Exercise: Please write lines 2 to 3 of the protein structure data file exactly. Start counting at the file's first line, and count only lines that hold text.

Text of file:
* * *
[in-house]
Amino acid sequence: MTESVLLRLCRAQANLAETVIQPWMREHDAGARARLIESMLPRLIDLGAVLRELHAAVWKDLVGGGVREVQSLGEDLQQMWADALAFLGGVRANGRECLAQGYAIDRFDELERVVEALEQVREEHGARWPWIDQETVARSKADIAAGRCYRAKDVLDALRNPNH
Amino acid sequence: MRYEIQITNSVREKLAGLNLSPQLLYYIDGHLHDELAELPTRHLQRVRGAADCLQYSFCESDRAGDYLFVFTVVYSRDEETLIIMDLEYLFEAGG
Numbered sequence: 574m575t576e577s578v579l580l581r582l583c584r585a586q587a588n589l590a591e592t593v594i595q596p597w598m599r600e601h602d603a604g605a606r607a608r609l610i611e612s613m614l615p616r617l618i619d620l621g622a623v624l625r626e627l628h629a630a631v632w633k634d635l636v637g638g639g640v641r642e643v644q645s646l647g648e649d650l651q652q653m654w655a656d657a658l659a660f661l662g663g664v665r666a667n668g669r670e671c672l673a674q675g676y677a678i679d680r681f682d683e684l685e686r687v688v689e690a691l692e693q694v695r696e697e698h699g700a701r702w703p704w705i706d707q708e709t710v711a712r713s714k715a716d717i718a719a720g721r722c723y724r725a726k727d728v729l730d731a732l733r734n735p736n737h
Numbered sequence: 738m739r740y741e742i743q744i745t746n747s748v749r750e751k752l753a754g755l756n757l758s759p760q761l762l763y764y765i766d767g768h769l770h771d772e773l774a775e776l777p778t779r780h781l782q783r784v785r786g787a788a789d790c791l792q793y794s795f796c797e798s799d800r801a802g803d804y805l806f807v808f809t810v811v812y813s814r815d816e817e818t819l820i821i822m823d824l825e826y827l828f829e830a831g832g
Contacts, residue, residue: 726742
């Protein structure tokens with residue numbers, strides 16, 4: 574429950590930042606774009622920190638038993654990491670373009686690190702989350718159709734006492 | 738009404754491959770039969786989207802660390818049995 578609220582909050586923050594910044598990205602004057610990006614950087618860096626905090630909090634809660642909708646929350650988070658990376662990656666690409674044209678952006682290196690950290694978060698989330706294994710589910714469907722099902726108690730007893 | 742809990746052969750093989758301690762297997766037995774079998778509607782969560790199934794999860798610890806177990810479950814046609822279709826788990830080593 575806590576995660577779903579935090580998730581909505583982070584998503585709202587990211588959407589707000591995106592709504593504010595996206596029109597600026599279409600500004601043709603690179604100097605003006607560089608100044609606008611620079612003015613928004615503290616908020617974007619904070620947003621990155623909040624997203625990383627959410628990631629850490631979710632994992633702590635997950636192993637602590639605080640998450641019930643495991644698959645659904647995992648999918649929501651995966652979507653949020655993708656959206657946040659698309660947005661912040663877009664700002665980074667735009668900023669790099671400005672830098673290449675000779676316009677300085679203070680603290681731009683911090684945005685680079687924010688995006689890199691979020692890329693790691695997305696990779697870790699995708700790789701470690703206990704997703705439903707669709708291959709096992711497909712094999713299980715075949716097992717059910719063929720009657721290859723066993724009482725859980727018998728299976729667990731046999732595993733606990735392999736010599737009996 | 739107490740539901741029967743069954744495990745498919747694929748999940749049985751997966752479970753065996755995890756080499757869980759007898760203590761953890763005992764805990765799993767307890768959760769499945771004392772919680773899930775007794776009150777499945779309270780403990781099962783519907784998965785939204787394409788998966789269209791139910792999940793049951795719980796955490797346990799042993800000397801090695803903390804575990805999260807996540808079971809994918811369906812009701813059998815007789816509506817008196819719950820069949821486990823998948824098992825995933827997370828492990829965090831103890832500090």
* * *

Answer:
Amino acid sequence: MTESVLLRLCRAQANLAETVIQPWMREHDAGARARLIESMLPRLIDLGAVLRELHAAVWKDLVGGGVREVQSLGEDLQQMWADALAFLGGVRANGRECLAQGYAIDRFDELERVVEALEQVREEHGARWPWIDQETVARSKADIAAGRCYRAKDVLDALRNPNH
Amino acid sequence: MRYEIQITNSVREKLAGLNLSPQLLYYIDGHLHDELAELPTRHLQRVRGAADCLQYSFCESDRAGDYLFVFTVVYSRDEETLIIMDLEYLFEAGG